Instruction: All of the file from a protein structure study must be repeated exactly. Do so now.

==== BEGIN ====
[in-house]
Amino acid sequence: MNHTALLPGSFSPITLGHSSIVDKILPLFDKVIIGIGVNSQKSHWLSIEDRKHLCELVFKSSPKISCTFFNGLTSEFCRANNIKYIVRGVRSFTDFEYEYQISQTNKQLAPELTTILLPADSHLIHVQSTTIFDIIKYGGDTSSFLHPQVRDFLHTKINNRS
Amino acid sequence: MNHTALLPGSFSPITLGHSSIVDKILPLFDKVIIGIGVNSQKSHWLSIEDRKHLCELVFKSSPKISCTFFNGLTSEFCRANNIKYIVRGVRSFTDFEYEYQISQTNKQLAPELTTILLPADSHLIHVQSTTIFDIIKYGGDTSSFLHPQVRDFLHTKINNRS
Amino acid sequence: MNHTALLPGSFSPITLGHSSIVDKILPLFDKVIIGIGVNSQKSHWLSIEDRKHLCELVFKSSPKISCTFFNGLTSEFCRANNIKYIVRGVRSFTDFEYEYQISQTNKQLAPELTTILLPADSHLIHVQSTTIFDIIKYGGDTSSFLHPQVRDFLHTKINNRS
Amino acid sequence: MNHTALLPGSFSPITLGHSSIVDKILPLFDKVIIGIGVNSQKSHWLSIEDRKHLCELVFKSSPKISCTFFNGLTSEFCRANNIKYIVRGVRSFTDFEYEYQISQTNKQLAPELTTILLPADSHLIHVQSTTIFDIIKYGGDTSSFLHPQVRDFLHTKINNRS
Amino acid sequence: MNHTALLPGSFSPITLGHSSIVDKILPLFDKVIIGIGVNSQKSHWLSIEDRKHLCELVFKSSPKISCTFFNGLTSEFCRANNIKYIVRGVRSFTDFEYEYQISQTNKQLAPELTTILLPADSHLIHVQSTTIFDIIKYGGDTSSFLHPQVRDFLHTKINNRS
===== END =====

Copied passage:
[in-house]
Amino acid sequence: MNHTALLPGSFSPITLGHSSIVDKILPLFDKVIIGIGVNSQKSHWLSIEDRKHLCELVFKSSPKISCTFFNGLTSEFCRANNIKYIVRGVRSFTDFEYEYQISQTNKQLAPELTTILLPADSHLIHVQSTTIFDIIKYGGDTSSFLHPQVRDFLHTKINNRS
Amino acid sequence: MNHTALLPGSFSPITLGHSSIVDKILPLFDKVIIGIGVNSQKSHWLSIEDRKHLCELVFKSSPKISCTFFNGLTSEFCRANNIKYIVRGVRSFTDFEYEYQISQTNKQLAPELTTILLPADSHLIHVQSTTIFDIIKYGGDTSSFLHPQVRDFLHTKINNRS
Amino acid sequence: MNHTALLPGSFSPITLGHSSIVDKILPLFDKVIIGIGVNSQKSHWLSIEDRKHLCELVFKSSPKISCTFFNGLTSEFCRANNIKYIVRGVRSFTDFEYEYQISQTNKQLAPELTTILLPADSHLIHVQSTTIFDIIKYGGDTSSFLHPQVRDFLHTKINNRS
Amino acid sequence: MNHTALLPGSFSPITLGHSSIVDKILPLFDKVIIGIGVNSQKSHWLSIEDRKHLCELVFKSSPKISCTFFNGLTSEFCRANNIKYIVRGVRSFTDFEYEYQISQTNKQLAPELTTILLPADSHLIHVQSTTIFDIIKYGGDTSSFLHPQVRDFLHTKINNRS
Amino acid sequence: MNHTALLPGSFSPITLGHSSIVDKILPLFDKVIIGIGVNSQKSHWLSIEDRKHLCELVFKSSPKISCTFFNGLTSEFCRANNIKYIVRGVRSFTDFEYEYQISQTNKQLAPELTTILLPADSHLIHVQSTTIFDIIKYGGDTSSFLHPQVRDFLHTKINNRS